Key Lessons

Benefits of a Joint Team Approach: The success of the EU-funded Galmudug project highlights the advantages of collaborating across different units within an organization. In this case, the joint team approach involving MECC, DTM, and the community stabilization unit, along with the WASH team, facilitated a comprehensive and multi-faceted approach to address climate change, conflict, and displacement. This integrated approach allows for better resource utilization, expertise sharing, and more effective problem-solving.

Strategic Decisions in Narrow Geographic Area: Focusing on a narrow geographic area and working with one level of government counterpart proved to be a wise decision. This approach minimized coordination challenges and ensured that the project had the full attention of the chosen federal member state. Such strategic decisions can lead to more efficient program management and governance.

Environment-based activities require a careful blend of integration with livelihood activities to succeed and create pathways to adaptation and sustainability.

Collaboration with Partners: Working with partners like UNEP can enhance the project's impact by bringing in additional expertise and advisory support. However, it is essential to engage in tough negotiations and clarify each partner's role and contribution to ensure effective resource allocation and coordination.

Balancing Between Urban and Rural Focus: Considering the impact of climate change on urbanization, it is vital to strike a balance between working in urban and rural areas. While addressing rural areas is necessary to prevent massive migration, the project should also consider urban planning and work with municipal and federal governments to manage urbanization challenges effectively.

Recommendations(if the practice is to be replicated)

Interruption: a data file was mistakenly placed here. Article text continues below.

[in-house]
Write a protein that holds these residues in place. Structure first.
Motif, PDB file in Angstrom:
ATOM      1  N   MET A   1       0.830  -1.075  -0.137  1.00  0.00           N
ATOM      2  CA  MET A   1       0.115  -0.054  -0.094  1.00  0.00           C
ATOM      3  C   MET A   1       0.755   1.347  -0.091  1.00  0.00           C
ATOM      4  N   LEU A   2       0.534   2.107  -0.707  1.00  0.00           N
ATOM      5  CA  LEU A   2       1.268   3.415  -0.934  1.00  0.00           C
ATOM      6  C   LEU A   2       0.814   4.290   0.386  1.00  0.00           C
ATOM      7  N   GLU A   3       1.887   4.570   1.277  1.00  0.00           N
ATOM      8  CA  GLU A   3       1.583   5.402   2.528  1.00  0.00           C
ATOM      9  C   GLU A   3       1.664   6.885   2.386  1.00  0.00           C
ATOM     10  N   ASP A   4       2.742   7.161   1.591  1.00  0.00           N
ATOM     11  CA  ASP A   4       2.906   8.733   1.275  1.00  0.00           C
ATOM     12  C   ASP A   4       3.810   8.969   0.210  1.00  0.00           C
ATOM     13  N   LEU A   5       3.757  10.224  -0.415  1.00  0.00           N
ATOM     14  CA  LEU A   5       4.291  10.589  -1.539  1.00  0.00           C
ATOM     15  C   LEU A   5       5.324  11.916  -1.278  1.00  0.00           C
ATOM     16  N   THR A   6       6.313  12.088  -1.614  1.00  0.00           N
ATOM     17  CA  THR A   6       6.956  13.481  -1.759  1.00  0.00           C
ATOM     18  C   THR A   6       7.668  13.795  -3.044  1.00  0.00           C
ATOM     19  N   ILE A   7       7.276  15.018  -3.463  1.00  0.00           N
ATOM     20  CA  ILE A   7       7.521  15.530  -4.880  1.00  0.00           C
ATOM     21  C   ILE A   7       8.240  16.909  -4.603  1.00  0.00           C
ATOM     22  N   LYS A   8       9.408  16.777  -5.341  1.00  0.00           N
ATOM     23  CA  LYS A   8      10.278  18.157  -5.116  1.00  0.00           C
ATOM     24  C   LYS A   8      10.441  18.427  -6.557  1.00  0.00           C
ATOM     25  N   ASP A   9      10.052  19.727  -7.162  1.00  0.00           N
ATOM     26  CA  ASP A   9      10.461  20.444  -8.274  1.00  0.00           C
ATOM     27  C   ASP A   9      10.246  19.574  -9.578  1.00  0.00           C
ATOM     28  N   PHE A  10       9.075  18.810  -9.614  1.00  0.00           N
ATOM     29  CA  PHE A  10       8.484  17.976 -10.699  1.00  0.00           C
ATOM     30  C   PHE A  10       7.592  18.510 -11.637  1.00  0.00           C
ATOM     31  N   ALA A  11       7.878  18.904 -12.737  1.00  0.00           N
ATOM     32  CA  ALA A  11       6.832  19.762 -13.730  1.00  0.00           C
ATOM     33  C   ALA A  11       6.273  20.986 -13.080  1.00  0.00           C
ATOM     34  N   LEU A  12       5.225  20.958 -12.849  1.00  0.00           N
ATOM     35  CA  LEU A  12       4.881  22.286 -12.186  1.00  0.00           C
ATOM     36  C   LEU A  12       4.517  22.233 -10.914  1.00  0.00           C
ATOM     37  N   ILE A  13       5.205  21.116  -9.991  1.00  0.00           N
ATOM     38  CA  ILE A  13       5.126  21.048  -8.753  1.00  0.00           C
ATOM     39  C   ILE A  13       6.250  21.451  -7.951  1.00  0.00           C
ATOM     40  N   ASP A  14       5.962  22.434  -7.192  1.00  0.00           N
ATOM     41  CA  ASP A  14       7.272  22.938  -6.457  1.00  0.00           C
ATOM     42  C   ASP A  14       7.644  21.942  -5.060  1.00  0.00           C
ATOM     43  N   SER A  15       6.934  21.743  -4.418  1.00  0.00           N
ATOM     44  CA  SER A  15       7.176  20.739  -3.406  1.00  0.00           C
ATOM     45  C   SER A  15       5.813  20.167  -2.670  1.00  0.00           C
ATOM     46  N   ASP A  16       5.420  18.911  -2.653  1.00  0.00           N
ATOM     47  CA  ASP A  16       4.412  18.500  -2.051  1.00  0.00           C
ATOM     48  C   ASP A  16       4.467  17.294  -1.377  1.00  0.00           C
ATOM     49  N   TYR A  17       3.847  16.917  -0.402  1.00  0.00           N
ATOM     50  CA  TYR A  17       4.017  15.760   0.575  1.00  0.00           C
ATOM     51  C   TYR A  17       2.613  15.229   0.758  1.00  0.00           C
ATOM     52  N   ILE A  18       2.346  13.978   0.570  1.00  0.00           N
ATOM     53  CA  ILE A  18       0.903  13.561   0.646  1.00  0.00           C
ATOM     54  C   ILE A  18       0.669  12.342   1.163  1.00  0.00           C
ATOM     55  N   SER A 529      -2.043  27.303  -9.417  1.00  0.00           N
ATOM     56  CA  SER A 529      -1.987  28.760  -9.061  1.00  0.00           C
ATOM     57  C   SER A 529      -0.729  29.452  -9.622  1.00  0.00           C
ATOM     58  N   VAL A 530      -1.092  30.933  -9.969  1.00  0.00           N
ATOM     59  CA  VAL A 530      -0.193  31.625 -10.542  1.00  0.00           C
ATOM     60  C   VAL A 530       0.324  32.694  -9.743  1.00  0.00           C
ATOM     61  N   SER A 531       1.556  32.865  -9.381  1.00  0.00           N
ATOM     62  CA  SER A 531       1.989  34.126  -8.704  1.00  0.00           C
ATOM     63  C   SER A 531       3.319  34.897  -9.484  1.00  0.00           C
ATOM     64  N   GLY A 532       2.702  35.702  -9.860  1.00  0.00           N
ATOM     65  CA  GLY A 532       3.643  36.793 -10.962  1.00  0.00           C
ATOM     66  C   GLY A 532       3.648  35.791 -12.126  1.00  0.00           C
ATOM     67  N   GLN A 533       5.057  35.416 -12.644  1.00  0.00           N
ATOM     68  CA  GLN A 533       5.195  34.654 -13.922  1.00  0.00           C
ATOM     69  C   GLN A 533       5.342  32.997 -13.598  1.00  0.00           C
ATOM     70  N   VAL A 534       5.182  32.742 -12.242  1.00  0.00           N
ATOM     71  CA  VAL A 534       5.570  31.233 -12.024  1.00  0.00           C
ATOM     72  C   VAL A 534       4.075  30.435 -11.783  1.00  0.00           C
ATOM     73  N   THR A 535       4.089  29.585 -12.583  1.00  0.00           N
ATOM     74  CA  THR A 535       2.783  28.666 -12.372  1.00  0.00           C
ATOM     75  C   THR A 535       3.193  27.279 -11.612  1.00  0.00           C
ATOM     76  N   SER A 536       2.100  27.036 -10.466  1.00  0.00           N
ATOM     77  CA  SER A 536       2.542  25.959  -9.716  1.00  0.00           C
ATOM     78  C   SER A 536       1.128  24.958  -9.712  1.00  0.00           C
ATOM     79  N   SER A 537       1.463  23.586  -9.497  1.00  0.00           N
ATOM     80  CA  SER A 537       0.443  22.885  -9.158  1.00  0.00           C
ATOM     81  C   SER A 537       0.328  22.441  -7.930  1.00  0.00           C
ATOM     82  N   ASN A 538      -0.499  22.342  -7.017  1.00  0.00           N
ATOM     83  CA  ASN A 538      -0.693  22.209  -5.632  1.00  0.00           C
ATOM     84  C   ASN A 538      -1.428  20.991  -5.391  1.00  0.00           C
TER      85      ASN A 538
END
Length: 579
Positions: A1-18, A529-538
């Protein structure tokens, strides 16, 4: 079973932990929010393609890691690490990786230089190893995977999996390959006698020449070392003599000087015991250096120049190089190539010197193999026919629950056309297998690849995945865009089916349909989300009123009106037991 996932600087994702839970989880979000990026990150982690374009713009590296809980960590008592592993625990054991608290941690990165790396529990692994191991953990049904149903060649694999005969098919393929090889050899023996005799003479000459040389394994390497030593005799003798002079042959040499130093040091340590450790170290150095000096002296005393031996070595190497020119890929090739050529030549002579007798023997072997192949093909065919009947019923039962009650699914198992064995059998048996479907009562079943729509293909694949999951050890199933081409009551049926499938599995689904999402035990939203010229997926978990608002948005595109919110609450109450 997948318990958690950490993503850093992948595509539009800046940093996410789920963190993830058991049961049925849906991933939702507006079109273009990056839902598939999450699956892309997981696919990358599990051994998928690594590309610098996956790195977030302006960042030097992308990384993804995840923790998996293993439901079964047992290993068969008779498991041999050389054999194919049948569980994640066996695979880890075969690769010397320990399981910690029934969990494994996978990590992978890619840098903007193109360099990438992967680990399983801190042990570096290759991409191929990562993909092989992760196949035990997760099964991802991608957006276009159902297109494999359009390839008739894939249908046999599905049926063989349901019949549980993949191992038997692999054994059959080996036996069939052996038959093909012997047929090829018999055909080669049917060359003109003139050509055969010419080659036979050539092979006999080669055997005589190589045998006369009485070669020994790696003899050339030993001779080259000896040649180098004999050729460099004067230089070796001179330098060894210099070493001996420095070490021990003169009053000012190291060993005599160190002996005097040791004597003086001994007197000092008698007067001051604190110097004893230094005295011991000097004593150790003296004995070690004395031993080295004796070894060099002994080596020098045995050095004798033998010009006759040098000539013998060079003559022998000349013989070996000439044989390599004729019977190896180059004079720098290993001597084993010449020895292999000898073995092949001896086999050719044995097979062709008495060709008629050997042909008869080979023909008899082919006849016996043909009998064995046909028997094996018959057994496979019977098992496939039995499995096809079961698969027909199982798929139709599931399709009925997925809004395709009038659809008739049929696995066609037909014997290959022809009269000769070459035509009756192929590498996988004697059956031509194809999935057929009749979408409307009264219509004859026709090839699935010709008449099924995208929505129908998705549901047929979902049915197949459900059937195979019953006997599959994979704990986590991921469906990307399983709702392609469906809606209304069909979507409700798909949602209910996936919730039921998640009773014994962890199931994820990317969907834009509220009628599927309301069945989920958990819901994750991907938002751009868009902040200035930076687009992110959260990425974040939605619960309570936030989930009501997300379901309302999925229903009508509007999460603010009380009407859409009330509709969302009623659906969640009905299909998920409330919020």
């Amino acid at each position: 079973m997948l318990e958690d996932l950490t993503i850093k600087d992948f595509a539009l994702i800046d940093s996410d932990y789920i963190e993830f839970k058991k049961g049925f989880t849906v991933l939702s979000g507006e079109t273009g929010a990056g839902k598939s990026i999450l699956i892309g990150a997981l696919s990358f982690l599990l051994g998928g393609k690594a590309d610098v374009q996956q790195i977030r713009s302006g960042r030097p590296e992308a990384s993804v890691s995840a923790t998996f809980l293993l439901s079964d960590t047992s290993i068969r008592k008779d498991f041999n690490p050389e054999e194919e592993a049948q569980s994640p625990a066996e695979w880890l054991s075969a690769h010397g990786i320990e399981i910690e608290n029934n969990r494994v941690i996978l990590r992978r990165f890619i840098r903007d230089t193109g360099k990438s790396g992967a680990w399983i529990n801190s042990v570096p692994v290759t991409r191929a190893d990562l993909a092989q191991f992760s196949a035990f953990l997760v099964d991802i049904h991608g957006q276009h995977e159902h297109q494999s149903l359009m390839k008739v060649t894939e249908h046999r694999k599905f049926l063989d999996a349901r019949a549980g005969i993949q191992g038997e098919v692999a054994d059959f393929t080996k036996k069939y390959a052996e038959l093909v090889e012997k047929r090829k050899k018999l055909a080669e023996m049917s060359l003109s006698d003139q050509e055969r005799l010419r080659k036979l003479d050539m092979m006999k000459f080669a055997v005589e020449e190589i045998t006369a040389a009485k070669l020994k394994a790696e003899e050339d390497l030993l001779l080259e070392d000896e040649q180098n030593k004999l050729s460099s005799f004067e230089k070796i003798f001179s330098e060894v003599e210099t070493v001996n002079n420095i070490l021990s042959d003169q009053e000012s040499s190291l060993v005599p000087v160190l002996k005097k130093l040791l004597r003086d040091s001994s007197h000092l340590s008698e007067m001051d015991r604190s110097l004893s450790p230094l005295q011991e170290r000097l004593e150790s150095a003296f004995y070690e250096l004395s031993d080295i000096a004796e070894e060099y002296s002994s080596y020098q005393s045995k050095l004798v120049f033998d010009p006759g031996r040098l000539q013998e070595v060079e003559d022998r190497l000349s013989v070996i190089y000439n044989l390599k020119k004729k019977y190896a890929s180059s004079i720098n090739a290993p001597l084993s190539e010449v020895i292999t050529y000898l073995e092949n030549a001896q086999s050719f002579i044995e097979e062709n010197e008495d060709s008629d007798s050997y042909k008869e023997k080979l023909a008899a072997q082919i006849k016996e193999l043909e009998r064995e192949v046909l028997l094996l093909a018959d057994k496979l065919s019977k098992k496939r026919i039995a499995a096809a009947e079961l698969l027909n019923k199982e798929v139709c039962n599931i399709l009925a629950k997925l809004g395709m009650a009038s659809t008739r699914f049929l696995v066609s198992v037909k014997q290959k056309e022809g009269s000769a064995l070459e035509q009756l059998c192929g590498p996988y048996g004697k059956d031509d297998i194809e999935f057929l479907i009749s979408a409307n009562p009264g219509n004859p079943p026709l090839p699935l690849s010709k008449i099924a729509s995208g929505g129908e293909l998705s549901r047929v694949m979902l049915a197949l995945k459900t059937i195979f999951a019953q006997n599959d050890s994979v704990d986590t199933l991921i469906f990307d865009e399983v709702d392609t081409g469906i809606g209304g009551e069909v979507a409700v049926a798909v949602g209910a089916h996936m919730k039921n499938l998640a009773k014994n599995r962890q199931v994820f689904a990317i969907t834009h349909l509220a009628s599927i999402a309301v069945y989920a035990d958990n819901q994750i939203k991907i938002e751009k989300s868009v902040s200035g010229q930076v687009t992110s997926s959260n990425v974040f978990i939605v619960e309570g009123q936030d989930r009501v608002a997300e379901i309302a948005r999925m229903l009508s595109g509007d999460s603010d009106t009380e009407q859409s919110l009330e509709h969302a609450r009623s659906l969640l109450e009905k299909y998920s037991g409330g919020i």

Strengthen Intra-Unit Collaboration: Lessons from the Galmudug project highlight the importance of fostering close collaboration among different IOM units. Regular coordination meetings between community stabilization, MECC, WASH, and DTM colleagues should be institutionalized to promote information sharing and a holistic approach to problem-solving.

Monitor Success and Adapt: Establish clear indicators to measure the success of project activities and continuously monitor and evaluate progress. This will enable adaptive management, ensuring the project remains responsive to evolving challenges and opportunities.

Foster Inclusive Community Engagement: Involving local communities and government counterparts in project design and implementation is crucial for long-term success and sustainability. Community-driven initiatives can better address local needs and build resilience against climate-induced conflicts.

Address Urbanization Challenges: Considering the profound impact of urbanization, explore opportunities to address urban challenges related to climate change and displacement. Partnerships with organizations like UN Habitat can strengthen efforts in urban planning and development.

Design Activities for Durable Solutions: While addressing IDPs in large urban areas is crucial, consider activities that also work in secondary and tertiary cities to provide sustainable solutions and prevent undue urbanization pressures.


The pilot project Breaking the Climate-Conflict Cycle in Galmudug, known as Deegaan Bile Galmudug, combines the expertise of three actors respectively focusing on the operational, technical, political and advocacy aspects of the project. IOM’s in-house multi-sectoral expertise on water, the environment, community stabilization, and migration data are collaborating to ensure that peacebuilding and recovery initiatives incorporate climate risk profiles and the ecological pressures facing target regions. UNEP’s policy acumen, best practice, and coordination bridges the gap between the technical and political. Lastly, the Stockholm International Peace Research Institute (SIPRI), a global leader in the field of climate-security research, will analyse the program’s response to identify climate-related security risks, which will feed into advocacy initiatives to advance knowledge and policy on sustainable ecosystems and climate adaptive behaviour.


Addressing Climate Change and Conflict in Somalia - Deegaan Bile

Addressing Climate Change and Conflict in Somalia - Deegaan Bile

Date submitted:

29 September 2023

Disclaimer: The content of this practice reflects the views of the implementers and does not necessarily reflect the views of the United Nations, the United Nations Network on Migration, and its members.



*References to Kosovo shall be understood to be in the context of United Nations Security Council resolution 1244 (1999).